We urgently need strategies to address this under-recognized problem, which affects fully one-fifth of all residents, erodes their quality of life, and is stressful for staff to manage.
(PRWEB) December 09, 2014
Nursing home abuse is a huge problem, and one that worries the families of seniors who are no longer able to live at home. At Rasansky Law Firm, we deal with cases of elder abuse almost daily. While abuse by nursing home staff is obviously a big concern, a recent study by Weill Cornell Medical College also points out the prevalence of abuse between fellow residents.
Facts and Statistics
It's no secret that nursing home abuse is a serious problem in America. In this published study, it became apparent that there was also a serious problem with nursing home abuse between residents. Out of a total of ten nursing homes that were studied, 19.8 percent of the residents were affected by abuse within a four-week period. The breakdown is as follows (keep in mind some residents were involved in more than one of these events):
- 16% were subjected to verbal abuse such as yelling, cursing, or screaming.
- 5.7% suffered from physical attacks including biting, hitting, or kicking.
- 1.3% reported sexual abuse such as touching, an attempt to gain sexual favors, or indecent exposure.
- 10.5% reported unwanted entry into their room or someone going through their possessions.
This is the first study that has actually reviewed the problem of negative aggression between residents of U.S. nursing homes. It discovered that nearly twenty percent of these nursing home residents were involved in one or more of these volatile situations within a four-week period.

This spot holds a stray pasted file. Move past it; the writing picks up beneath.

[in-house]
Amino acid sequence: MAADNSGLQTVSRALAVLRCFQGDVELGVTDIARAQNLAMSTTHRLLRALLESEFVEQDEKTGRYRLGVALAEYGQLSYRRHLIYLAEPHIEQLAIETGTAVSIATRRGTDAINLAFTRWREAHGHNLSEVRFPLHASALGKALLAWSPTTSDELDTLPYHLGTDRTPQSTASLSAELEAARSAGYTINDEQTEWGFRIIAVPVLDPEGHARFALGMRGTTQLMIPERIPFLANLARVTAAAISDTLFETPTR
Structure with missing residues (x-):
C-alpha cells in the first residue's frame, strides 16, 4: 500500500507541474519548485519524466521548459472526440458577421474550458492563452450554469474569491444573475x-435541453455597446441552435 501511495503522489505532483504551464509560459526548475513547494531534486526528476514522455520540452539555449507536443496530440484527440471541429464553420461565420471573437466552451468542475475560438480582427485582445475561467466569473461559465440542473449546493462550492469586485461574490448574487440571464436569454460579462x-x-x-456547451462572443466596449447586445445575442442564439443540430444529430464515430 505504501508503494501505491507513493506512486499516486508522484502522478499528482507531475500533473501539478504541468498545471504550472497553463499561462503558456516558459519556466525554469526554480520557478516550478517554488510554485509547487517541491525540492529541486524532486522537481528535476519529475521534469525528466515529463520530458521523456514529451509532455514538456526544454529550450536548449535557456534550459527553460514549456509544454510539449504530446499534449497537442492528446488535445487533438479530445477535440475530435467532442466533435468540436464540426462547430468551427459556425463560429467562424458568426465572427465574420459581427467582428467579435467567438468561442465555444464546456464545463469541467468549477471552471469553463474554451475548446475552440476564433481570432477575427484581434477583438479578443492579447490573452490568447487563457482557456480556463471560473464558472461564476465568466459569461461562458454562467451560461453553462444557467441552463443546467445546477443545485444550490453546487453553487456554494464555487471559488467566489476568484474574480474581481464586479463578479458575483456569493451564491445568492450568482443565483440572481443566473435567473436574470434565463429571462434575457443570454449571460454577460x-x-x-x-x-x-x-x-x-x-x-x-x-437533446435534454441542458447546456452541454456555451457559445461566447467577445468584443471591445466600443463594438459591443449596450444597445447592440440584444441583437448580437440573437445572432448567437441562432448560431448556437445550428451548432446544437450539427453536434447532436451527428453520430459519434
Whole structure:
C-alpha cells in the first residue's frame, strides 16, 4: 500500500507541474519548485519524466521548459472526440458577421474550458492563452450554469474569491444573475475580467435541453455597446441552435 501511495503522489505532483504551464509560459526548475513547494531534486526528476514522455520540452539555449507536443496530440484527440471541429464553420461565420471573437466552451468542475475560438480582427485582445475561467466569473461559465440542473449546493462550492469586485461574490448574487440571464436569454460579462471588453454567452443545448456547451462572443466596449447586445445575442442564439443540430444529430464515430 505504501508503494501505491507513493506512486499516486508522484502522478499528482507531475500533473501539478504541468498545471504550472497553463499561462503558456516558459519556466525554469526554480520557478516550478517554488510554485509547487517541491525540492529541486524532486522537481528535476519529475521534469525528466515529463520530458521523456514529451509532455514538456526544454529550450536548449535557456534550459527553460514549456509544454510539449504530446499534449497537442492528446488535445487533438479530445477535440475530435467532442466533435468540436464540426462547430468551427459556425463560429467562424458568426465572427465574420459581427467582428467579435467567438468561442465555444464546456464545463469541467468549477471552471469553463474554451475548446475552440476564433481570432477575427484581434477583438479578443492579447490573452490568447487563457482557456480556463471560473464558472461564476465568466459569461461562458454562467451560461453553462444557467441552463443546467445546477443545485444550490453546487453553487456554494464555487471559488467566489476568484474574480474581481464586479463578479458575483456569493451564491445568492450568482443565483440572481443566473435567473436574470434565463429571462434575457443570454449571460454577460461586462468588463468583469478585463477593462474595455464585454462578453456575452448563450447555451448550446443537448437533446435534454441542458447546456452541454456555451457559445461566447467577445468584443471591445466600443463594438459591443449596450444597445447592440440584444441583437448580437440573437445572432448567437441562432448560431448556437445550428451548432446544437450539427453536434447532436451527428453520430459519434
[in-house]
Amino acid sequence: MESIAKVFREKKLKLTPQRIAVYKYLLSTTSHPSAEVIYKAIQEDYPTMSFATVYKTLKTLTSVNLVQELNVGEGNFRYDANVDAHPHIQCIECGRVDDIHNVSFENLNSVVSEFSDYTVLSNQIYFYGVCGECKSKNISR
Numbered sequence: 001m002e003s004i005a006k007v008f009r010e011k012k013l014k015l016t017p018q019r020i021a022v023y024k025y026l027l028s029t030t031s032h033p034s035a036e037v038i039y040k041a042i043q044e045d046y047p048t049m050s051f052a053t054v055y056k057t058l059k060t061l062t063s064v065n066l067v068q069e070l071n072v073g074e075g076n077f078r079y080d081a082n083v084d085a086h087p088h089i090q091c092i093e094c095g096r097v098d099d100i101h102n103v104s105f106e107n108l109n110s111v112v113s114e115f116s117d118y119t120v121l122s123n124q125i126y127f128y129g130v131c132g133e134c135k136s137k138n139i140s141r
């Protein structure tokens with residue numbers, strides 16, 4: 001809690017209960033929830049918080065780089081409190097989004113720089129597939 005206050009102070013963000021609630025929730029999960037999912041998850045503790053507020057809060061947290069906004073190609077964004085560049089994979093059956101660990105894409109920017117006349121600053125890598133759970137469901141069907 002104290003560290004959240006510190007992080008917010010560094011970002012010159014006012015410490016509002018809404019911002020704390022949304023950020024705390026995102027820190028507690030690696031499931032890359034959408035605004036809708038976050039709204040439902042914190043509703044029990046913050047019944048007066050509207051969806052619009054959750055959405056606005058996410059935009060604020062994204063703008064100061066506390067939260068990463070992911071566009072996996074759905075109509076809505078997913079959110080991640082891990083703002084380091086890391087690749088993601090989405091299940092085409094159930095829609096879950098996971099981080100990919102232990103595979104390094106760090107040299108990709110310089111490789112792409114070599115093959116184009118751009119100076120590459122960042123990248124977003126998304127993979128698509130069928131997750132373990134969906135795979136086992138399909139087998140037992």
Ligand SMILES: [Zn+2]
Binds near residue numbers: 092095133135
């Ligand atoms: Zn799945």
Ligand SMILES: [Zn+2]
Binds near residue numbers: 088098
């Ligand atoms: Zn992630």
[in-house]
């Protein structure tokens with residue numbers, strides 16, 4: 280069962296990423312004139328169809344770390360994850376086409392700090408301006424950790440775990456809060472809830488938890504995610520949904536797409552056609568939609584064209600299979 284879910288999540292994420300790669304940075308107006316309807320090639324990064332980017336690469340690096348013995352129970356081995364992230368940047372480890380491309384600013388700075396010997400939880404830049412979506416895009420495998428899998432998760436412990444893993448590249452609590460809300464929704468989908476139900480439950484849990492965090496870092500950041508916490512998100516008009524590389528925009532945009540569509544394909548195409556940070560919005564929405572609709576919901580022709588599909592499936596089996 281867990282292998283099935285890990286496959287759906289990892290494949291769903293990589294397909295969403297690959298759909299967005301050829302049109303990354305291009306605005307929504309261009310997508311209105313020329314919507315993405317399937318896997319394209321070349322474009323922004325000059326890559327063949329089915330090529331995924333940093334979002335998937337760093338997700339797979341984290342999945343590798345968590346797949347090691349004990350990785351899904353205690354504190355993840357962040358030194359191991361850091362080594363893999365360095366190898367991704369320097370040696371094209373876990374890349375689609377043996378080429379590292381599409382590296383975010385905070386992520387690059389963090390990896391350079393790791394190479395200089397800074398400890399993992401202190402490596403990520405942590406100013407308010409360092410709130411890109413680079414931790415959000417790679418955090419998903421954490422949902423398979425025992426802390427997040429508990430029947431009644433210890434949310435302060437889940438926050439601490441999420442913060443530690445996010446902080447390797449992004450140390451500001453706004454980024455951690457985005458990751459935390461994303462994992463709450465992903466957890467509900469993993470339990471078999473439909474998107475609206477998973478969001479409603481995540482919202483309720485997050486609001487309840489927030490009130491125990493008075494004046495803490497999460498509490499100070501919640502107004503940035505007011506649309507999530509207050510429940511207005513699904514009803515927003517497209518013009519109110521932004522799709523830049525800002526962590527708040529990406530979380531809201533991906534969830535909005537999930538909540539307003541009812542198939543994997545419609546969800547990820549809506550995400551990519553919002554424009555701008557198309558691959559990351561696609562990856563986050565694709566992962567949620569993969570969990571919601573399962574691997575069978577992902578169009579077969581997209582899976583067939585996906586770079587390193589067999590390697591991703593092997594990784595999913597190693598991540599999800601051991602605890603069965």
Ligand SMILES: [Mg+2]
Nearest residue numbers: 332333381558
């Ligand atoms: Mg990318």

The results of the study were revealed at the annual meeting of the Gerontological Society of America on November 4th, 2014. They provide new information concerning the lives of nearly 1.4 million US nursing home residents.
Evaluating the Results
"Clearly, abuse between residents is a valid concern that, unfortunately, many people do not consider when evaluating nursing homes," said attorney Jeff Rasansky. "When seeking out an assisted living facility for a loved one, it's important to discuss resident-on-resident abuse and find out what measures are in place to act upon (and prevent) this type of abuse."
The team at Cornell reviewed a total of 2,011 individuals at ten different nursing homes. They used a variety of methods in order to assess the extent of the mistreatment which resulted in the most detailed assessment of this problem that has ever existed.
An important aspect of the study was the way researchers created a profile of the residents who are most likely to be involved in resident-to-resident abuse. The following factors were found to increase this likelihood:
- Individuals in close living conditions (those who share housing, for example).
- Crowded conditions.
- Continual conflicts between roommates.
- Ratio of staff members to residents—higher numbers tend to add to the problem.
The National Center on Elder Abuse is beginning to put together a formula for tracking the problem after 20 years of research. This is the first step toward finding a solution to the problem and providing assistance in those situations that are the most serious.
This article is presented by the Dallas, Texas nursing home abuse attorneys at Rasansky Law Firm. For inquiries, call 214-651-6100 or visit http://www.jrlawfirm.com/.